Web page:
They were mostly young. They were mostly male. They were mostly white.
I don't know what that means, but it means something.
I am devastated. I was in the CBC Fan Zone yesterday afternoon, with The Imp. We've been there for the beginning of every game since they started screening them for the public. "We go to the hockey party!" exclaimed The Imp, every time the Canucks played. Without fail, it was a great experience. Face painting, "Go Canucks Go" signs; fans gathered peacefully to cheer on their team, celebrate their victories, and commiserate when they lost. Beach balls were batted around by the crowds. One afternoon, three separate groups of people noticed that The Imp was desperate to have a turn with the ball, and in front of my eyes, they conspired to make it happen, getting the ball to him so he could bat it back into the crowd. There were countless families there. Canucks fandom seemed to know no age, race, or ethnicity. The enthusiastic singing of O Canada before every game was deafeningly awesome - my voice and The Imp's added lustily into the mix.
|The CBC Fan Zone in happier times|
We'd watch the opening face-off, the first few minutes of the game, and then make our way, through happy crowds, home for dinner.
Yesterday started out the same. I picked him up early at daycare, we made our way to the fan zone at Robson and Hamilton, and found a patch of pavement to call our own.
But the energy was different yesterday. The makeup of the crowd skewed to young, male, and drunk. I posted on twitter:
"In the #fanzone. Most packed I've ever seen it. The Imp insisted he wanted to be here; I'll be surprised if he makes it to game time. #loud"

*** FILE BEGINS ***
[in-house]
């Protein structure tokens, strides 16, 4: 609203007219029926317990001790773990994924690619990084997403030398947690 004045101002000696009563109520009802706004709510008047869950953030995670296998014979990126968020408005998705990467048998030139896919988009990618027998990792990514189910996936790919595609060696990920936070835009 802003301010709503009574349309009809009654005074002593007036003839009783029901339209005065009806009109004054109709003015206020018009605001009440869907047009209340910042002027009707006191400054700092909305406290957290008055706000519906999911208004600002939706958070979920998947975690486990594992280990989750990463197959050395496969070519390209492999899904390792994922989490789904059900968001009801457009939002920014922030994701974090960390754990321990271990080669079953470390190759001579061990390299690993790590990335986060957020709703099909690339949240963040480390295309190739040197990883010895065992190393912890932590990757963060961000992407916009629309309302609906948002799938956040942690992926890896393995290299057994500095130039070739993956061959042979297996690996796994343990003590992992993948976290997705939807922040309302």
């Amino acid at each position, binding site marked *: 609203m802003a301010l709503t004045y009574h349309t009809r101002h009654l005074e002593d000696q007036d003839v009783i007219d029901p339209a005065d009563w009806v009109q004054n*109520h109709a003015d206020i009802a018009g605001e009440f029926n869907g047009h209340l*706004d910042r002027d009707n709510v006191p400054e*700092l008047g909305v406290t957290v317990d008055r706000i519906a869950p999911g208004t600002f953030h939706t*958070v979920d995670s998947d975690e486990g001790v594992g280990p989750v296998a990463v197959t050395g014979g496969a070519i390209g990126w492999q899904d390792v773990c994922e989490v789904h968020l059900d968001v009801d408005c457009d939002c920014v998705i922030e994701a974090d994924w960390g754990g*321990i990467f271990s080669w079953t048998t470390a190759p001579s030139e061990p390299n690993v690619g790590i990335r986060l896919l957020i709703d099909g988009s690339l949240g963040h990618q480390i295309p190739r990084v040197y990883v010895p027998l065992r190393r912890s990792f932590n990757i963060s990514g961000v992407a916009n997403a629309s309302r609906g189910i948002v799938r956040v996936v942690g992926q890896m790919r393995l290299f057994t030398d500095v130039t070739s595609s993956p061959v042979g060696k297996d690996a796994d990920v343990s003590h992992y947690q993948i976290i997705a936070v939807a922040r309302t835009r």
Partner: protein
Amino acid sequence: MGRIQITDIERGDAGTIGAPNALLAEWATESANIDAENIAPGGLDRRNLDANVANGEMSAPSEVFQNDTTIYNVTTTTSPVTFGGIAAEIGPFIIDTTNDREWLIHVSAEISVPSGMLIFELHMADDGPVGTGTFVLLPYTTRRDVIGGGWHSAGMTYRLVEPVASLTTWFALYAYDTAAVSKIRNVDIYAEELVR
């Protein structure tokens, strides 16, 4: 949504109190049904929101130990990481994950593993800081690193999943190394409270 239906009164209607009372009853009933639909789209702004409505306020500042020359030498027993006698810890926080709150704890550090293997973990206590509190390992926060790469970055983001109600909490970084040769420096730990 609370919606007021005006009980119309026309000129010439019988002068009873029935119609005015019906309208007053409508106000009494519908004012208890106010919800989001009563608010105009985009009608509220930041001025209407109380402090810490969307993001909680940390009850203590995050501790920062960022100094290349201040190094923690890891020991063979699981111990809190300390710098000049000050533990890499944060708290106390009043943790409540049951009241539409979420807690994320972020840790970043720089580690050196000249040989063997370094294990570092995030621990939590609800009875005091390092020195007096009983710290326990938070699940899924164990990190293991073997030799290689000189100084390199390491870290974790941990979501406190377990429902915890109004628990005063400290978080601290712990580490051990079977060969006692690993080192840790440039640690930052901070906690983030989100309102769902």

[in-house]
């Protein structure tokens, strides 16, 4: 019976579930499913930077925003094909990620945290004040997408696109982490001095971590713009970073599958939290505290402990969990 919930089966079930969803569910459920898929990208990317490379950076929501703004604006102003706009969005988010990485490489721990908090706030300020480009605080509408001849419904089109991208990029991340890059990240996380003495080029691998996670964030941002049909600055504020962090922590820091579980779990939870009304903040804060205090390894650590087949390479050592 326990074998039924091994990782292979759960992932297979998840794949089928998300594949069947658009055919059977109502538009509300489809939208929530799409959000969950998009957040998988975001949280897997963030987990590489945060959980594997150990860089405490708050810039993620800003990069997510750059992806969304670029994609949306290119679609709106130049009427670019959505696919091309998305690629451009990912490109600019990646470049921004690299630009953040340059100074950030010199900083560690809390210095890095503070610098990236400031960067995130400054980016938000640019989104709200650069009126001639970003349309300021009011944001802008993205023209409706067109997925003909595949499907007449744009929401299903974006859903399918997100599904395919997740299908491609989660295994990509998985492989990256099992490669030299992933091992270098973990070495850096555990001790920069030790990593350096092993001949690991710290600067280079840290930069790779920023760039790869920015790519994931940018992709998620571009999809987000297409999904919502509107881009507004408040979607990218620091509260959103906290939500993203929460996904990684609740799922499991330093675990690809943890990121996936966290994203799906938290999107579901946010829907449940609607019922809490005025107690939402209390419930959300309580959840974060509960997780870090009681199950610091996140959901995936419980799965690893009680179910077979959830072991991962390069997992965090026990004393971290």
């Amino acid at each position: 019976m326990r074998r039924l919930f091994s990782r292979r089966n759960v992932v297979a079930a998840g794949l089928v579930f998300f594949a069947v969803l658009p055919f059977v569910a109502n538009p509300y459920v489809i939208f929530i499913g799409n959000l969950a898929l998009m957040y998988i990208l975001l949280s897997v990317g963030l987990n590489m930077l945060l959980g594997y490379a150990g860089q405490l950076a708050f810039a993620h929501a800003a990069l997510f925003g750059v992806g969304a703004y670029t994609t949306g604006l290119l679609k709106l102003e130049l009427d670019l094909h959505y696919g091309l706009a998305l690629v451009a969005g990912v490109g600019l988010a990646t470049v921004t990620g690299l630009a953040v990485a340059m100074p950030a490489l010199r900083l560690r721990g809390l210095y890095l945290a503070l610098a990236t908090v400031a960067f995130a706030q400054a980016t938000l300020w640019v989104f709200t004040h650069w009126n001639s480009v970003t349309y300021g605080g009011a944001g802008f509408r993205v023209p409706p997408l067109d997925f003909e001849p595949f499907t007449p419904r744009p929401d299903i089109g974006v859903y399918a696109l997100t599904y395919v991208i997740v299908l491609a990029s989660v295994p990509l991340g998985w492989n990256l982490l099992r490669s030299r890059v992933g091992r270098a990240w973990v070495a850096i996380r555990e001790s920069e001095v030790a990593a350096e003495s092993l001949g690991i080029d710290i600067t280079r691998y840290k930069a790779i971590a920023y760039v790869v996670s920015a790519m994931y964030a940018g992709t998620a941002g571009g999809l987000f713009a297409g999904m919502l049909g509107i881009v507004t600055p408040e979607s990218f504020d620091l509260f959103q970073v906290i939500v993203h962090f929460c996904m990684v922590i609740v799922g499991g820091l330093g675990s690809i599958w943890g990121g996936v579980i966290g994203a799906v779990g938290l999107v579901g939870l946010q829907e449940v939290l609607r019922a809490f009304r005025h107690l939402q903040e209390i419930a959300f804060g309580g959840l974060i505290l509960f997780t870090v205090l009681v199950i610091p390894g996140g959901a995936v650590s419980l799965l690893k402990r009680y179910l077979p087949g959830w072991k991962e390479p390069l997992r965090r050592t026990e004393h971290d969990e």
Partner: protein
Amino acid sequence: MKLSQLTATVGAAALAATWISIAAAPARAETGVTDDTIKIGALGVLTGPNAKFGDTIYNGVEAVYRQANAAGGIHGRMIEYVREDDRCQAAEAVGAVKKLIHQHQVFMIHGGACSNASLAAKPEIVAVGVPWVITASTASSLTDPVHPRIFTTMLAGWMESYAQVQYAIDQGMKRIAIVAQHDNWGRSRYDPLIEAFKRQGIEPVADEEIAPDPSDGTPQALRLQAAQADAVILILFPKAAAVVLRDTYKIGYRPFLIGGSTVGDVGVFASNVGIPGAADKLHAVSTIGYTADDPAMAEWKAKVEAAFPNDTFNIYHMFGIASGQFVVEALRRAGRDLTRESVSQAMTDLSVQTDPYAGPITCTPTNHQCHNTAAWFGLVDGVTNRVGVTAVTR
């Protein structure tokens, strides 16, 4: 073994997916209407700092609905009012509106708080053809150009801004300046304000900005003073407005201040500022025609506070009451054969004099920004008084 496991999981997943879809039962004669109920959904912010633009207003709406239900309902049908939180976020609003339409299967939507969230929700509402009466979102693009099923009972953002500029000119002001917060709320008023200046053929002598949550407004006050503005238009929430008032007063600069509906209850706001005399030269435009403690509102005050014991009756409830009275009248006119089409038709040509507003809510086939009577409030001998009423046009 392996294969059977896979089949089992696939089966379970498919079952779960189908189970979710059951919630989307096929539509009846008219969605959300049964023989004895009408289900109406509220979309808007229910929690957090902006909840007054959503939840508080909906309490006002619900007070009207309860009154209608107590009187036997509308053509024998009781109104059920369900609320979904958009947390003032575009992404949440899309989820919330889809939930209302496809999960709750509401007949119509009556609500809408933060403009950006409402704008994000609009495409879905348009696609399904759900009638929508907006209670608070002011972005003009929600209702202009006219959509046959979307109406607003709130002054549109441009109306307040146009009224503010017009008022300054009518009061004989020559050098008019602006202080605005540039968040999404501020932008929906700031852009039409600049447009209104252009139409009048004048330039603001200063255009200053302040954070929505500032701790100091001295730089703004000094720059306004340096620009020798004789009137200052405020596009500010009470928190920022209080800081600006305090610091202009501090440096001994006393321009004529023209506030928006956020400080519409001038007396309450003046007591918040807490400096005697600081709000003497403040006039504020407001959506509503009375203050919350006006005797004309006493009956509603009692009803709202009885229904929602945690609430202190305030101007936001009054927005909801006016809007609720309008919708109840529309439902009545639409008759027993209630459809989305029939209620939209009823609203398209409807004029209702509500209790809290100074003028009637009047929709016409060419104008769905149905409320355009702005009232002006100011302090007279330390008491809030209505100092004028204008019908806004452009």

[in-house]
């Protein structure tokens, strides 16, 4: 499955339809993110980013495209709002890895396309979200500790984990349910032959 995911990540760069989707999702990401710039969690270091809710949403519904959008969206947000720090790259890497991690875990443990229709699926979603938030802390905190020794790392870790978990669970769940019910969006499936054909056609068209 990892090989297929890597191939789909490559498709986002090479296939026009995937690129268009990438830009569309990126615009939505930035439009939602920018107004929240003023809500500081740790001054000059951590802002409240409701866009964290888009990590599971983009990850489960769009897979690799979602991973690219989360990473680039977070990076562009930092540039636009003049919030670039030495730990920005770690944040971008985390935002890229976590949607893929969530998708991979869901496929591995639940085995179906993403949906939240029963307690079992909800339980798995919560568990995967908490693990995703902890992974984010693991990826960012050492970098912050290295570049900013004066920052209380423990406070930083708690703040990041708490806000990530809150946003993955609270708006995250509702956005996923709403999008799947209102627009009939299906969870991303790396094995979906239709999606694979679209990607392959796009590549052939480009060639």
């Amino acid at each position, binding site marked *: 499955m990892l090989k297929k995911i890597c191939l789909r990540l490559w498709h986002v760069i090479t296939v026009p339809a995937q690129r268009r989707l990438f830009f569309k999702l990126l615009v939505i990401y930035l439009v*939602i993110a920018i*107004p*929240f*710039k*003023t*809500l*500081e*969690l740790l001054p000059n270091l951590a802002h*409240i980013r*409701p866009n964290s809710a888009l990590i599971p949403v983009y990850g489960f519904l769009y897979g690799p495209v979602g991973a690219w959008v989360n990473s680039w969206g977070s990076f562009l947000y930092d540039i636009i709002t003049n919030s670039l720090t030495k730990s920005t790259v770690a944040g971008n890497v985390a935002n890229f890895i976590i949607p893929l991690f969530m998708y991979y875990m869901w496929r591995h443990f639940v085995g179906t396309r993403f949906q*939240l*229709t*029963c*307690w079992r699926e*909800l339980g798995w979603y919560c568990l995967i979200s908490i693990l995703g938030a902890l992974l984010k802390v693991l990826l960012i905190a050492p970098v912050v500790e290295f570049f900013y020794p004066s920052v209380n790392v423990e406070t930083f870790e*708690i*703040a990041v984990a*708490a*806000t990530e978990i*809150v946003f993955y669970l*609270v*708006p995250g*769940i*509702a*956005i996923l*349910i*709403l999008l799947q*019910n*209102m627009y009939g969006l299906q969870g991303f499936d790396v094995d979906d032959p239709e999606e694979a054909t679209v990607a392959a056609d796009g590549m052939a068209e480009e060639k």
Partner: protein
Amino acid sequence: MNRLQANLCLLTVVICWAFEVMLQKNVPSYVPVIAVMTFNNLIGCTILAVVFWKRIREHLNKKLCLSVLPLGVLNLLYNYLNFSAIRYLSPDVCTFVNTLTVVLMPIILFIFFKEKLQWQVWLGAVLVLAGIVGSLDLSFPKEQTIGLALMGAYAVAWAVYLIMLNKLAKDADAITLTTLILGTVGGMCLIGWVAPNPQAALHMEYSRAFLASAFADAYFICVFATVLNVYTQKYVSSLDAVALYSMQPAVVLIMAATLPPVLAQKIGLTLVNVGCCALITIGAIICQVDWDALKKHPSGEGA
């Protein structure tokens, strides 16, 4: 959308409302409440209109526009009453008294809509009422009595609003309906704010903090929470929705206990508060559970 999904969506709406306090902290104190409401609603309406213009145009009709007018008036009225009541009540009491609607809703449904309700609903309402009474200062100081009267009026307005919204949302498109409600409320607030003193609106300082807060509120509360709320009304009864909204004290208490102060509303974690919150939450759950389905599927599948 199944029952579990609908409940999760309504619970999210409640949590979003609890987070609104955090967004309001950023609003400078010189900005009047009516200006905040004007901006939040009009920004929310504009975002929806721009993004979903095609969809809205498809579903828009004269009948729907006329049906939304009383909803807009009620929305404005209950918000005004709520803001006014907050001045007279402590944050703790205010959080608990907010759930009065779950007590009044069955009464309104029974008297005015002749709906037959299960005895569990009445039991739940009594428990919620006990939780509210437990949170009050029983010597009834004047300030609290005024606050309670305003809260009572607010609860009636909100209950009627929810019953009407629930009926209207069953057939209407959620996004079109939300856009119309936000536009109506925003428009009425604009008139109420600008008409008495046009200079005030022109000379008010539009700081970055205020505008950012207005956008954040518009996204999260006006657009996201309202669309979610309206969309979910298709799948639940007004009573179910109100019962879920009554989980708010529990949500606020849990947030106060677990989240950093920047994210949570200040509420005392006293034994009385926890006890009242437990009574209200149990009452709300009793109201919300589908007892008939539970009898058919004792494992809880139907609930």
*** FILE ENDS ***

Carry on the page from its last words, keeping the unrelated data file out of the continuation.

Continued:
I saw an almost-fistfight when a security guard made a simple request of fans to sit down before the game even started. People were on edge.
I wanted to leave right then and there. The Imp wanted to stay. I convinced myself it was a one-off, that people would settle in as the game began and there was a focus for all the pent-up nervous energy. After all, it had been fun every other time.
The anthems were sung. It was loud, but somehow it wasn't the same.
The puck dropped. The game began. The energy in the crowd was intense.
My gut told me it was time to leave. The Imp insisted he wanted to stay. I fought an internal battle. "This could be one of The Imp's earliest memories; watching his beloved Canucks win the Cup!" vs "This crowd makes me anxious. This could get ugly."
I followed my gut; we left halfway through the first period, after the Bruins had drawn first blood. Once home, I tweeted:
"Home. Fan zone vibe: sketchy. Everyone's wearing a jersey, but spider senses tell me the Ed Hardy factor approaches critical mass."